Unit 21, Part II

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Lukas
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Unit 21, Part II

Post by Lukas » Thu Oct 17, 2019 6:17 am

I am having trouble translating some of a passage into Greek. The passage is,
"For that day the cavalry guarded the camp, but on the next day they rode against the enemy, for they believed they would easily defeat them.

I wrote, "Εκεὶνην τὴν ἠμέραν οἱ ῾ιππῆς τὸ στρατόπεδον ἐφυλάζατο, ἀλλ᾿ τῆ ὔτερᾳ ἠμέρᾳ πρὸς τοὺς πολεμίους ἤλάσαν. ἡγησάντο γὰρ ῥᾳδίως αὐτοὺς κρατεῖν."

The answer book wrote, Εκεὶνην μὲν τὴν ἠμέραν οἱ ῾ιππῆς τὸ στρατόπεδον ἐφθύλλατον, τῆ δὲ ὔτερᾳ ἠμέρᾳ πρὸς τοὺς πολεμίους ἤλάσαν. ἡγοῦντο γὰρ ῥᾳδίως αὐτοὺς κρατήσειν.

I had trouble translating "would." I was not sure whether to place it in the future, aorist, or imperfect.

I also am wondering if the answer book's ἡγοῦντο is in the imperfect? If yes, how do I know when to translate "believed" into the imperfect or aorist?

On another thread, I had a lot of trouble even reading, let alone writing, δὲ and μέν, so I am not even going to try to write them in a translation. The only question I have is when to use δὲ and when to use ἀλλά?

I also am not following how the author got κρατήσειν. What tense is the word? Is it an aorist? If yes, why is the accent not on the last syllable?

In case I made typos trying to type from the answer book, here is a picture:

Image
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Barry Hofstetter
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Re: Unit 21, Part II

Post by Barry Hofstetter » Thu Oct 17, 2019 11:51 am

Lukas, as others have observed, many of the difficulties you have would be solved if you memorized your paradigms and reviewed them regularly. Build in a cycle of review: every time you start a new section, go back and review an old one. Start at the beginning and spend 5 minutes with the paradigms and vocabulary in that chapter. Then the next time you start a new section, in your review move to chapter 2. Rinse and repeat until you catch up to where you are, and then start the review all over again. If you do this or something like it consistently it will help you greatly.

Lukas wrote:
Thu Oct 17, 2019 6:17 am
I am having trouble translating some of a passage into Greek. The passage is,
"For that day the cavalry guarded the camp, but on the next day they rode against the enemy, for they believed they would easily defeat them.

I wrote, "Εκεὶνην τὴν ἠμέραν οἱ ῾ιππῆς τὸ στρατόπεδον ἐφυλάζατο, ἀλλ᾿ τῆ ὔτερᾳ ἠμέρᾳ πρὸς τοὺς πολεμίους ἤλάσαν. ἡγησάντο γὰρ ῥᾳδίως αὐτοὺς κρατεῖν."

The answer book wrote, Εκεὶνην μὲν τὴν ἠμέραν οἱ ῾ιππῆς τὸ στρατόπεδον ἐφθύλλατον, τῆ δὲ ὔτερᾳ ἠμέρᾳ πρὸς τοὺς πολεμίους ἤλάσαν. ἡγοῦντο γὰρ ῥᾳδίως αὐτοὺς κρατήσειν.

I had trouble translating "would." I was not sure whether to place it in the future, aorist, or imperfect.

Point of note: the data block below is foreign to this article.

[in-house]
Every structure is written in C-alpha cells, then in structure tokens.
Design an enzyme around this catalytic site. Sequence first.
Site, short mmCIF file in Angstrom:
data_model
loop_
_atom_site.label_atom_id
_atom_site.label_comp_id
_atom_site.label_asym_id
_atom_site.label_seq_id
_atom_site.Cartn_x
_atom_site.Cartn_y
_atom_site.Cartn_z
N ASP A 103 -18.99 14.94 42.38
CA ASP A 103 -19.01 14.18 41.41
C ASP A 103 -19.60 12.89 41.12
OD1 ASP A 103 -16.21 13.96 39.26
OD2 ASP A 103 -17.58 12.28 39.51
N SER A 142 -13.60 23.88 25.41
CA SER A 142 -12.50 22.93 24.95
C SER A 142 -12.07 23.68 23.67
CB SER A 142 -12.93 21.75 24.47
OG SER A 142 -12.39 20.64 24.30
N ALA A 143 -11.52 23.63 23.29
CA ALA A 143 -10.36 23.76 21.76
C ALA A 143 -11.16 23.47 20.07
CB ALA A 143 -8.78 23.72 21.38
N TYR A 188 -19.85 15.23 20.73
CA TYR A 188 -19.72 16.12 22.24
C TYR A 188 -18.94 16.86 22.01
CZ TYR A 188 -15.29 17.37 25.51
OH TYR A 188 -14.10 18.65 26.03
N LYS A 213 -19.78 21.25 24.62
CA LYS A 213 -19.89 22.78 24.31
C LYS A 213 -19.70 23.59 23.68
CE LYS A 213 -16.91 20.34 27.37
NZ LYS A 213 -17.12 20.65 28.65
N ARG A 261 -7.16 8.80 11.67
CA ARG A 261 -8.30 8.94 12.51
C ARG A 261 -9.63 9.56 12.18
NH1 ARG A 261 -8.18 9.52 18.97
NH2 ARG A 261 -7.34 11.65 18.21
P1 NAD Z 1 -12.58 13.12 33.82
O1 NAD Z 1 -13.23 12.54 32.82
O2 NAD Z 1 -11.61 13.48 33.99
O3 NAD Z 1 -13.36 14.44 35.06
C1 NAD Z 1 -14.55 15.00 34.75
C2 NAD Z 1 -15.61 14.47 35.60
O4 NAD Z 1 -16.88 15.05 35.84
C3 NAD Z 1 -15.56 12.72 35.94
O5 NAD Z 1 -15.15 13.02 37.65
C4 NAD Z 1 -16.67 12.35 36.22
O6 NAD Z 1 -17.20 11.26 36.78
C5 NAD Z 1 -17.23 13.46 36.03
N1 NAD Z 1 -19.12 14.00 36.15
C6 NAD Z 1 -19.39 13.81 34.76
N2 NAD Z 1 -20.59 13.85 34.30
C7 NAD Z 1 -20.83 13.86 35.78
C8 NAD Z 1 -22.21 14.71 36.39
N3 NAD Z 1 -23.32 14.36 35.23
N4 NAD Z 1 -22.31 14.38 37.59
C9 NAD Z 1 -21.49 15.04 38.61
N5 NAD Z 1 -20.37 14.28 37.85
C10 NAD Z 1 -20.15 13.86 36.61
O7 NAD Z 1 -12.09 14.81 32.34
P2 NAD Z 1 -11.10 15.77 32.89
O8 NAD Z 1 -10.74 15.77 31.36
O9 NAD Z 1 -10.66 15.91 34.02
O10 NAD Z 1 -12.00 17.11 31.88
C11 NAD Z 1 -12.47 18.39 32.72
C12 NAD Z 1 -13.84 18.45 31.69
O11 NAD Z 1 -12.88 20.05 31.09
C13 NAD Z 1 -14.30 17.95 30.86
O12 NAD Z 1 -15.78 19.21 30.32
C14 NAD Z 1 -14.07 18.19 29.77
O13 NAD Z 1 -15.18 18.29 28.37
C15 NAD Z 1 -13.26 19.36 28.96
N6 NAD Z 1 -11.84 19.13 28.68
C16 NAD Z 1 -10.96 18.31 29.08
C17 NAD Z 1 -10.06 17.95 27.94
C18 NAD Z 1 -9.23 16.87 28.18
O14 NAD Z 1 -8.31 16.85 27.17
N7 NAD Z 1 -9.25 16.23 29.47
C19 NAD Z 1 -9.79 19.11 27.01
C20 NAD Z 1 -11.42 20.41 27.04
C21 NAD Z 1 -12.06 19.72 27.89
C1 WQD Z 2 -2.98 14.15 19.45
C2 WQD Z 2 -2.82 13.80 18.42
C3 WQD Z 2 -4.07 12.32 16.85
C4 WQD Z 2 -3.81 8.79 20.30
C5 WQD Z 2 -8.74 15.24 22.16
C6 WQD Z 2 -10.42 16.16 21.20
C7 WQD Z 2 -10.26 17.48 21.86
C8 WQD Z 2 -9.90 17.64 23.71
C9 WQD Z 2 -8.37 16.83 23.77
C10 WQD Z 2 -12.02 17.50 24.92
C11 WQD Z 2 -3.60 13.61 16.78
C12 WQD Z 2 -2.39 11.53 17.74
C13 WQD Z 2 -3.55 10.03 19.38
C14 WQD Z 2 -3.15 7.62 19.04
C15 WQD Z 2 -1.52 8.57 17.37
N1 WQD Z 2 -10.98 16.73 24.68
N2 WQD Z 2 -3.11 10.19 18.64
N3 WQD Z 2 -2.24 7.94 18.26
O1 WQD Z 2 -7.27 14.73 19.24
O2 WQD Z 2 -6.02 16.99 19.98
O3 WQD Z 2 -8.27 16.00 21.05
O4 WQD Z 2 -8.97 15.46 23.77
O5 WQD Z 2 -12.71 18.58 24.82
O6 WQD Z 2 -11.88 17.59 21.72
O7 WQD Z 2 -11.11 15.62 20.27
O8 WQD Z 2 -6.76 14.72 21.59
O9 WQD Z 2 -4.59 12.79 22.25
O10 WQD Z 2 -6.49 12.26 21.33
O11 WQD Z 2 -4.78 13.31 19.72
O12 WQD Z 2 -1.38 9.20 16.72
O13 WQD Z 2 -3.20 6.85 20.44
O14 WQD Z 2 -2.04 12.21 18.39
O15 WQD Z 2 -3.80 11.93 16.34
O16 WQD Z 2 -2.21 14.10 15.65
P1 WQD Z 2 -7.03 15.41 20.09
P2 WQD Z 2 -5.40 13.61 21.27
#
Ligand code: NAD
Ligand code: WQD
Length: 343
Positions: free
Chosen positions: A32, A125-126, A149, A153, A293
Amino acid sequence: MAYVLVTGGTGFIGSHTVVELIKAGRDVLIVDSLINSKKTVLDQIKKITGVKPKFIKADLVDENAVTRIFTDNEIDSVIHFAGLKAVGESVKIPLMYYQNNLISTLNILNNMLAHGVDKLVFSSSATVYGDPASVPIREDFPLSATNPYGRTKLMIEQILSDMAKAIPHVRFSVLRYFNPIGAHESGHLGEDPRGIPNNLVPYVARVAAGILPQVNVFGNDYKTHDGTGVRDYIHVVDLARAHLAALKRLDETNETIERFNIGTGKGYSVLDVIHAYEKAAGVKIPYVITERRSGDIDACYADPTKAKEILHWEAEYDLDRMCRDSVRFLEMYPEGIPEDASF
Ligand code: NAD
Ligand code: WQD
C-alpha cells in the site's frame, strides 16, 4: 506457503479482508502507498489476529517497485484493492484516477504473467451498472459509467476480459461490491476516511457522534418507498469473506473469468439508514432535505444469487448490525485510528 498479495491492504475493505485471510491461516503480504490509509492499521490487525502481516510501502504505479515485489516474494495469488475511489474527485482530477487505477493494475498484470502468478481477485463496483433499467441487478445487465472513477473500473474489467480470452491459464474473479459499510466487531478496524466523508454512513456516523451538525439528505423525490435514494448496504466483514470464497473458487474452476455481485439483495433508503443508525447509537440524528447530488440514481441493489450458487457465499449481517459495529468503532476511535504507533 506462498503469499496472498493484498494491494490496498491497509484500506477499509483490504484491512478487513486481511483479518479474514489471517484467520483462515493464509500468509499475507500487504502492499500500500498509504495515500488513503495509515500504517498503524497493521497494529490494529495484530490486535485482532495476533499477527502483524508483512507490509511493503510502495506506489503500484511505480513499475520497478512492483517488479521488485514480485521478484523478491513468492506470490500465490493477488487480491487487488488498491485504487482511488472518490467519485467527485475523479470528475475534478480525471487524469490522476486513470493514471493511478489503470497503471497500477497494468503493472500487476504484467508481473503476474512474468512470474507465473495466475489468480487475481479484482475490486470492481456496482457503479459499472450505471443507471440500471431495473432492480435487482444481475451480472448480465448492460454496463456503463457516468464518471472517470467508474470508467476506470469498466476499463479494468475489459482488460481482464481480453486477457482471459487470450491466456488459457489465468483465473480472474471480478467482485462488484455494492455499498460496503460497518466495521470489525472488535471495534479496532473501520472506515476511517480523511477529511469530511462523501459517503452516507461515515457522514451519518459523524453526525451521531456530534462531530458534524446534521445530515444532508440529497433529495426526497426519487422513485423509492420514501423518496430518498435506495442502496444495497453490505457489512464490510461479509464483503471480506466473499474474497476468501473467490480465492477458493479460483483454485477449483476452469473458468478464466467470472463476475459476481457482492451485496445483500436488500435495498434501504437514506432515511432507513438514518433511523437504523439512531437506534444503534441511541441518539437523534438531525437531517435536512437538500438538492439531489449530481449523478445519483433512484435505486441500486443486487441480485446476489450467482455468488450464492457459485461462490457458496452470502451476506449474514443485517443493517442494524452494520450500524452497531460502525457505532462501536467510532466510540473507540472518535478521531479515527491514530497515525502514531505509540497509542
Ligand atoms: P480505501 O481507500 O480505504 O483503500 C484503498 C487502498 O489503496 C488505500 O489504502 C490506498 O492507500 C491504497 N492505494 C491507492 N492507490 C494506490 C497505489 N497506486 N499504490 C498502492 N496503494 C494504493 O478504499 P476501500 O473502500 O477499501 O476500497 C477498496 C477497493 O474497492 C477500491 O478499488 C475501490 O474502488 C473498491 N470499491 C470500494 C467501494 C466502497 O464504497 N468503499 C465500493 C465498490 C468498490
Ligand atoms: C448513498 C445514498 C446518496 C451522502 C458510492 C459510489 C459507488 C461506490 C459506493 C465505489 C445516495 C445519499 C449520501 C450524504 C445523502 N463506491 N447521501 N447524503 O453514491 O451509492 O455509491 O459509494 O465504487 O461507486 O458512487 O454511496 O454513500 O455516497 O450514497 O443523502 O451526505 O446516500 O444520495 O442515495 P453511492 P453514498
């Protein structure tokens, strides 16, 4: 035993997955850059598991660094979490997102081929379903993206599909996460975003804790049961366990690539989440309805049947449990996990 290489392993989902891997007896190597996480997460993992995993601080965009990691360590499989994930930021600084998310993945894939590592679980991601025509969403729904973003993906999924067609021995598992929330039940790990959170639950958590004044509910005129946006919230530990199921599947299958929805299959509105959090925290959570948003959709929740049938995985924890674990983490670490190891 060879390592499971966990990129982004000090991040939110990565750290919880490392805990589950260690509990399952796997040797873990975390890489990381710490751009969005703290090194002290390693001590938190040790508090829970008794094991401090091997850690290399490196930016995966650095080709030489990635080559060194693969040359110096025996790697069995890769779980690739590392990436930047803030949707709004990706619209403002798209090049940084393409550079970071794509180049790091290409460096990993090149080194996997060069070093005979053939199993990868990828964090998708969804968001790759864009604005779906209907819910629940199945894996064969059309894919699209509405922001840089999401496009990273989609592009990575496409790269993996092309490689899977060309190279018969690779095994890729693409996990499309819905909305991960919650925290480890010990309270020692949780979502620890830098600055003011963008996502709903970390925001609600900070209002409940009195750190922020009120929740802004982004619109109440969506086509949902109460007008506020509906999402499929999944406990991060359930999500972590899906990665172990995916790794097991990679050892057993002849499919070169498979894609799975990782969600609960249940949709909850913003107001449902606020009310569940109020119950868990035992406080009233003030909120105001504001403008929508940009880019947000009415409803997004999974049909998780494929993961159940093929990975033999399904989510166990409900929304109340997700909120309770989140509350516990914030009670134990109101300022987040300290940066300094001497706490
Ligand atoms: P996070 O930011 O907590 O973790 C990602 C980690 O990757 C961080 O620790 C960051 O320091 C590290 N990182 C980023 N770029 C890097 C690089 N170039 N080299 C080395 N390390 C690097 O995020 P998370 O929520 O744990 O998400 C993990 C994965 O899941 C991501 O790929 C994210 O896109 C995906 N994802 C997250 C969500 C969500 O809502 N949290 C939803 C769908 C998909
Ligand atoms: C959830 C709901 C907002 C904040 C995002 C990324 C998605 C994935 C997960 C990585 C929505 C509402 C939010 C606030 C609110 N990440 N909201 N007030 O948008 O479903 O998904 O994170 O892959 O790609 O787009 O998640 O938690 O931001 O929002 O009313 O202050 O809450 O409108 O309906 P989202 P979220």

In the English, what is the sequence of tenses? "They believed is past tense. From the perspective of that past tense, when does the defeating take place? Before, at the same time as, or after the believing? After right? Then it's future to the past action. What form then would you want in Greek?
I also am wondering if the answer book's ἡγοῦντο is in the imperfect? If yes, how do I know when to translate "believed" into the imperfect or aorist?
Know your principal parts. They are your friends... :) The third principal part of ἡγέομαι is what? ἠγησάμην. That means that the aorist stem has the sigma, which you don't have in ἠγοῦντο. But you have the augmented form plus the secondary (past) tense ending -το, so that has to be imperfect.
On another thread, I had a lot of trouble even reading, let alone writing, δὲ and μέν, so I am not even going to try to write them in a translation. The only question I have is when to use δὲ and when to use ἀλλά?
ἀλλά is often called the "stronger adversative." That means that it is often used to introduce a correction or objection to the previous, or to move the narrative/discourse in a different direction. μέν...δέ, on the other hand (!) tends to introduce contrasts, some of which are communicated in English through context, not through any specific translation. What is the contrast in this sentence? It's between guarding the camp vs. attacking the enemy. Greek makes the context specific through the use of the particles, English (without any underlying Greek) most likely would not.
I also am not following how the author got κρατήσειν. What tense is the word? Is it an aorist? If yes, why is the accent not on the last syllable?
Remember what I said above about "would?" Look again at the form. Think about the principal parts of κρατέω. What stem?
N.E. Barry Hofstetter
The Jack M. Barrack Hebrew Academy
καὶ σὺ τὸ σὸν ποιήσεις κἀγὼ τὸ ἐμόν. ἆρον τὸ σὸν καὶ ὕπαγε.

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Re: Unit 21, Part II

Post by Lukas » Thu Oct 17, 2019 2:16 pm

In the English, what is the sequence of tenses? "They believed is past tense. From the perspective of that past tense, when does the defeating take place? Before, at the same time as, or after the believing? After right? Then it's future to the past action. What form then would you want in Greek?
For them, the defeating takes place in the future; for me it takes place in the past. Do I place it in the past, from my perspective? If it takes place in past tense, do I place believed in the imperfect or aorist?